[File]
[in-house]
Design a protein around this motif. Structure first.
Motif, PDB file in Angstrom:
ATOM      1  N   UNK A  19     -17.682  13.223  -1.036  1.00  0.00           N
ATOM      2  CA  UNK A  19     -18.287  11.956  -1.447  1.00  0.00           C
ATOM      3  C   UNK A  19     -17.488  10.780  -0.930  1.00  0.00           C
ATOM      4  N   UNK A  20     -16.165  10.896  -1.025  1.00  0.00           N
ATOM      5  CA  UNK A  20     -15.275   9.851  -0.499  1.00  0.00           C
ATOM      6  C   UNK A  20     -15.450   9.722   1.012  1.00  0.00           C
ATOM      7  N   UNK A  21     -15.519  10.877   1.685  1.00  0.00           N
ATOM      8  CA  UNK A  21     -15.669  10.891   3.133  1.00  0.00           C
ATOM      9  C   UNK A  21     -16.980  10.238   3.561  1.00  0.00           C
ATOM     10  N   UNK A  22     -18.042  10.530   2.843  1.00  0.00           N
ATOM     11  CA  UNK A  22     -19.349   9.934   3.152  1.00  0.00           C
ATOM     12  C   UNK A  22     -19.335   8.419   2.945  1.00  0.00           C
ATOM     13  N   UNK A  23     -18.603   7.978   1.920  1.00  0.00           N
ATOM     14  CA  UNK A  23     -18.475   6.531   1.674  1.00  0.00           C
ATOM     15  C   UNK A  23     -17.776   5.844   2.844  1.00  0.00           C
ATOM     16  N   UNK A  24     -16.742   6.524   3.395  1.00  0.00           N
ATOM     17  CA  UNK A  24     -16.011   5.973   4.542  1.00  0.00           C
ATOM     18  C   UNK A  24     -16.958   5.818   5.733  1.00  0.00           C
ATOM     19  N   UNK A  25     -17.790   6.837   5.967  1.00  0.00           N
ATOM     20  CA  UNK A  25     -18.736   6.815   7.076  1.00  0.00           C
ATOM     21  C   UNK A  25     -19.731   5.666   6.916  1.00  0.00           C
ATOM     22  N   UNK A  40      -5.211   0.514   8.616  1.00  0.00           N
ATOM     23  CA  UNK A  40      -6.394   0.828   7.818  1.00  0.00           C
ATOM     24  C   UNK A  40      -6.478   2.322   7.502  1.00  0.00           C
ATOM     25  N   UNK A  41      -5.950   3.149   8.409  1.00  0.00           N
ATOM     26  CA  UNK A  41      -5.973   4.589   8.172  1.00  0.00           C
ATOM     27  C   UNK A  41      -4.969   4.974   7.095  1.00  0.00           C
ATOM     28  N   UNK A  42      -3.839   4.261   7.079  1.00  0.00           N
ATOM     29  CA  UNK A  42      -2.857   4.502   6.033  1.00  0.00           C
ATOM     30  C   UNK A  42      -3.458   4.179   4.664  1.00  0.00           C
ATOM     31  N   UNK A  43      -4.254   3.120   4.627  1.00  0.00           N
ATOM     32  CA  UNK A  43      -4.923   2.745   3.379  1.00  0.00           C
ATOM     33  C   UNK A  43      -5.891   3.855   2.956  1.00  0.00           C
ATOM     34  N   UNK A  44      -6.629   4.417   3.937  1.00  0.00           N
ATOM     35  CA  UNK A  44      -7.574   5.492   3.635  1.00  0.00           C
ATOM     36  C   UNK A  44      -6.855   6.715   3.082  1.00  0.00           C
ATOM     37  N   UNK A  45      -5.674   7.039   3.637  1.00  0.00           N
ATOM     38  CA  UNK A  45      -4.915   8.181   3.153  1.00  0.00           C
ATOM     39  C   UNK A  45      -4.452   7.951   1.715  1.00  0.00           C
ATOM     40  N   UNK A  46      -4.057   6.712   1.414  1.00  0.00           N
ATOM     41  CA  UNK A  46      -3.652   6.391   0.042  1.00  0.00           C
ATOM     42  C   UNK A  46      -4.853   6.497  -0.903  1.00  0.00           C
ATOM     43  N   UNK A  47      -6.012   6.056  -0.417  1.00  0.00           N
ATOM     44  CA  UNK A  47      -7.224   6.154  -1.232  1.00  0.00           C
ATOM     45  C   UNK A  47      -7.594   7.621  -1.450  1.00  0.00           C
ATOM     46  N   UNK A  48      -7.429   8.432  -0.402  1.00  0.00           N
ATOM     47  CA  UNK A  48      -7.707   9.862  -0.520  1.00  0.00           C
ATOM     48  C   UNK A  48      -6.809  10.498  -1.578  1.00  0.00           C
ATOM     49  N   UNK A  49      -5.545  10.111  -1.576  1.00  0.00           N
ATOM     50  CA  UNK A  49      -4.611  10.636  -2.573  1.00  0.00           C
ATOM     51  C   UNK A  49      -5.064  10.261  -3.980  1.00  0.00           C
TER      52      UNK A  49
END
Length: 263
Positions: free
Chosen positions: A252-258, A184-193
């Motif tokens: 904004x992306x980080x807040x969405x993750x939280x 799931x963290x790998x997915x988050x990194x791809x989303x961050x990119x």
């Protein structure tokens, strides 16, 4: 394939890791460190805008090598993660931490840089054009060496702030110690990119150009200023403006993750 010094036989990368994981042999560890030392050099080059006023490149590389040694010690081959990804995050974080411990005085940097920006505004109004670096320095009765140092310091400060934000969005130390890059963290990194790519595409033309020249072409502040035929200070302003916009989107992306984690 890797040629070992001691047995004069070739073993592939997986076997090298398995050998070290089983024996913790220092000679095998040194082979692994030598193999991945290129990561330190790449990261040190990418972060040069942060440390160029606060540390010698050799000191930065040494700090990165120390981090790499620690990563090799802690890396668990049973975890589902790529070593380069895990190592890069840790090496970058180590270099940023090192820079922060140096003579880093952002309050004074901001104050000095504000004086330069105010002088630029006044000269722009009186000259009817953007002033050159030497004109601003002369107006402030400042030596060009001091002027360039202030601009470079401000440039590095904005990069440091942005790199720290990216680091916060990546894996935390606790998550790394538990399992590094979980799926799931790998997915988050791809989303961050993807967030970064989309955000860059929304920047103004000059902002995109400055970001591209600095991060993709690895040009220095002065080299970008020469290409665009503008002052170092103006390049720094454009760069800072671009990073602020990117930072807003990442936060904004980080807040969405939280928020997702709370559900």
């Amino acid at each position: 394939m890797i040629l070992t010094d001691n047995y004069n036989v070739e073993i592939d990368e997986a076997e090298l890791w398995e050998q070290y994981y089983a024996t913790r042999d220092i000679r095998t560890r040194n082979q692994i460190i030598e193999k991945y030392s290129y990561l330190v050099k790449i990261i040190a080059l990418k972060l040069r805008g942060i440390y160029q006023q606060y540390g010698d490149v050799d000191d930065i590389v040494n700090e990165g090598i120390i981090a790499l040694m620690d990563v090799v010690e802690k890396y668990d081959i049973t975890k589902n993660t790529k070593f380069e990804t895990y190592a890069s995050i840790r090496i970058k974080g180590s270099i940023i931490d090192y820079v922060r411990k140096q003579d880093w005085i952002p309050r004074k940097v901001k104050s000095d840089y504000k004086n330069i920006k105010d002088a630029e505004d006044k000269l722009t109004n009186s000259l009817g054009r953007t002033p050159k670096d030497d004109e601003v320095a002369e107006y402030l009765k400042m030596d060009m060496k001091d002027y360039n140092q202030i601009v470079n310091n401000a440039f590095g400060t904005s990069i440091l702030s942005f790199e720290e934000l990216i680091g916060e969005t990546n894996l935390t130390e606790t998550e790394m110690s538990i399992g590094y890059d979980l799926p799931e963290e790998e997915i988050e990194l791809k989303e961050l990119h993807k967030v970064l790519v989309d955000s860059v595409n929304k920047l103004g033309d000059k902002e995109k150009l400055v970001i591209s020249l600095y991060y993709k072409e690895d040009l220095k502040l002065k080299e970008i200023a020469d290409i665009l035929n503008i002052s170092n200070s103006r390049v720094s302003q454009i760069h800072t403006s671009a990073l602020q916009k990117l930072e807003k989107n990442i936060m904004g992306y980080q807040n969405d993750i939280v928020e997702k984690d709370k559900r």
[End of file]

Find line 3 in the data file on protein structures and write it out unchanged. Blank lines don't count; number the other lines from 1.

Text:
Motif, PDB file in Angstrom: